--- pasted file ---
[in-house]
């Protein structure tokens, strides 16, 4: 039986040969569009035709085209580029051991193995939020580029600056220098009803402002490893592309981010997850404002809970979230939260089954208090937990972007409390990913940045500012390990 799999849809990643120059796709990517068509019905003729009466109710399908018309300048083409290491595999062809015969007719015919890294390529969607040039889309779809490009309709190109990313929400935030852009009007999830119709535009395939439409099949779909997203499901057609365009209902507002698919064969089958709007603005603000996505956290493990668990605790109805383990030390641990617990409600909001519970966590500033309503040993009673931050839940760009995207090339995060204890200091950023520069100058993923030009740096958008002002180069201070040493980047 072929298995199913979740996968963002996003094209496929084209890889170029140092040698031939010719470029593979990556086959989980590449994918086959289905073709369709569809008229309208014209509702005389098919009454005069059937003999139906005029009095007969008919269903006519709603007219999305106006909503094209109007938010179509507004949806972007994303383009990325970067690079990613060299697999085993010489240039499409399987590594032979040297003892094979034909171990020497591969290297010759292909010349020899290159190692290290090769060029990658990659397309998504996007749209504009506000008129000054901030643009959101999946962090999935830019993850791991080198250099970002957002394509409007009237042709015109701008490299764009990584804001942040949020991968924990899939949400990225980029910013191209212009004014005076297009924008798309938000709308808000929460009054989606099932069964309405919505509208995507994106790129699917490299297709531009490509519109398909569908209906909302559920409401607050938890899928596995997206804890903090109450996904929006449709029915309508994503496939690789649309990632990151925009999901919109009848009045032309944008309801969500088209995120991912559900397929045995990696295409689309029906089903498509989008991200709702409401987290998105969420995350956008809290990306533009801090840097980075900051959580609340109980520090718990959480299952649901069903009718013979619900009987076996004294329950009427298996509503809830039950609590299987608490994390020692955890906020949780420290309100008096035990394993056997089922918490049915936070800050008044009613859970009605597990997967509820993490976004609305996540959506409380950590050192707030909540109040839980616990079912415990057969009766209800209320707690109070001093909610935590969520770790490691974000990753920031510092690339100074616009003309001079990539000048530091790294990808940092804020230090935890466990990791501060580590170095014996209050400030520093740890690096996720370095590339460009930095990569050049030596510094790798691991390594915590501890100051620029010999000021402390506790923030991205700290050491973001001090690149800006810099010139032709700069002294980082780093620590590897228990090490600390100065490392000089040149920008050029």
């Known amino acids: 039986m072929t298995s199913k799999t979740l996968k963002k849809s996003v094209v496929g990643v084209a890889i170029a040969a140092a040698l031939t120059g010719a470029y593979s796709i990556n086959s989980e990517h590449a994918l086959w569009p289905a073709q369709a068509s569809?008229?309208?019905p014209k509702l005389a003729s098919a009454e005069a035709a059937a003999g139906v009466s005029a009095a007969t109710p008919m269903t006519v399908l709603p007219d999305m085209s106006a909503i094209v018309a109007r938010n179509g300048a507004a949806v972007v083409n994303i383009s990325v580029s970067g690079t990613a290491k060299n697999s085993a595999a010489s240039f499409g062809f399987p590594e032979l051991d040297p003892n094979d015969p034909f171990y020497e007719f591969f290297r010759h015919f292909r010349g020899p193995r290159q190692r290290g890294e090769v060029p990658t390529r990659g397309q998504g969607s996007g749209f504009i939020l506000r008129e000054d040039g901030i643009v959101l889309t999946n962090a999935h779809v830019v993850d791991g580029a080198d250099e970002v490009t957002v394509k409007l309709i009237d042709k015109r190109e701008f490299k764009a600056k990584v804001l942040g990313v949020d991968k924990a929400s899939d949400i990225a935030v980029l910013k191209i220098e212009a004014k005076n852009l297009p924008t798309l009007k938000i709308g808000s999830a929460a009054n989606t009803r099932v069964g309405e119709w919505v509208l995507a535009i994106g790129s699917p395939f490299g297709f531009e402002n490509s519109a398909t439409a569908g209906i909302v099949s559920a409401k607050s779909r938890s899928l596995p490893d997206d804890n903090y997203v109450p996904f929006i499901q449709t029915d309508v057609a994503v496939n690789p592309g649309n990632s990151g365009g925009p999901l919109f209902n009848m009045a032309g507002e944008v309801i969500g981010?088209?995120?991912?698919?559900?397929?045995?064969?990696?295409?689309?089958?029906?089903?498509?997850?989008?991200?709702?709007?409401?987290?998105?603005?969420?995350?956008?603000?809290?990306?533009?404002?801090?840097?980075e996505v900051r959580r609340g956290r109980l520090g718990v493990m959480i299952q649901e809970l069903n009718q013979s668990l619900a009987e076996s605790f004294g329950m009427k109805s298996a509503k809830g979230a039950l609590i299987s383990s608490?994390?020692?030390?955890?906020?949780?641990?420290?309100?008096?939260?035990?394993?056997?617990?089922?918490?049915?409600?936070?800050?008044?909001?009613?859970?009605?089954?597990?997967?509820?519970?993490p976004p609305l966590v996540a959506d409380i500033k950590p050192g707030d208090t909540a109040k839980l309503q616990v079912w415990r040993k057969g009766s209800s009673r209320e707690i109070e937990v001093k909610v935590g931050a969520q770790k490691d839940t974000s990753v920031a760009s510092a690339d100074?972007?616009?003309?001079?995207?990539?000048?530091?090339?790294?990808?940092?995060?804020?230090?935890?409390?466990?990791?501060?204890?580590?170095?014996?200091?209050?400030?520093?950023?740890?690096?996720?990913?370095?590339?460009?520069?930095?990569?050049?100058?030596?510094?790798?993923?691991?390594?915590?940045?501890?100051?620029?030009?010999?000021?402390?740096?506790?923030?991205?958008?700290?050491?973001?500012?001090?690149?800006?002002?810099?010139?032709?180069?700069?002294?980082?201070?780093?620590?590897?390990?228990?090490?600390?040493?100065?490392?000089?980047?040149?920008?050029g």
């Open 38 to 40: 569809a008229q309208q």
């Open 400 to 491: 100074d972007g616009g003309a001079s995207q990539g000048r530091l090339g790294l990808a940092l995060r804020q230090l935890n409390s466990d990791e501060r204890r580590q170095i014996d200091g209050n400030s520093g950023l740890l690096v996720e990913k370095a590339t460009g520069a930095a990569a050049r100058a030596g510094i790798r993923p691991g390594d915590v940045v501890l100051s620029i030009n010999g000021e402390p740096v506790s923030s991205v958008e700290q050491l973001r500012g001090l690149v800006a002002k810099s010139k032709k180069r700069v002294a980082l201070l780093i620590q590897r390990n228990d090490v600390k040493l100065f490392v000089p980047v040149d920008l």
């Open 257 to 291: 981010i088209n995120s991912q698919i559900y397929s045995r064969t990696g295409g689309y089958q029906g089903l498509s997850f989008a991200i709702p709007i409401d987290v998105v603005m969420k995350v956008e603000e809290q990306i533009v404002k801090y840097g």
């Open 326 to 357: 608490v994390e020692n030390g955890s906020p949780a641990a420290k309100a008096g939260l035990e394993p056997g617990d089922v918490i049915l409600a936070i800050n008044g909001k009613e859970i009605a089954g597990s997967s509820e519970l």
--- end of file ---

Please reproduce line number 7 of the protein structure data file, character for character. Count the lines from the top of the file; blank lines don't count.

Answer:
């Open 326 to 357: 608490v994390e020692n030390g955890s906020p949780a641990a420290k309100a008096g939260l035990e394993p056997g617990d089922v918490i049915l409600a936070i800050n008044g909001k009613e859970i009605a089954g597990s997967s509820e519970l």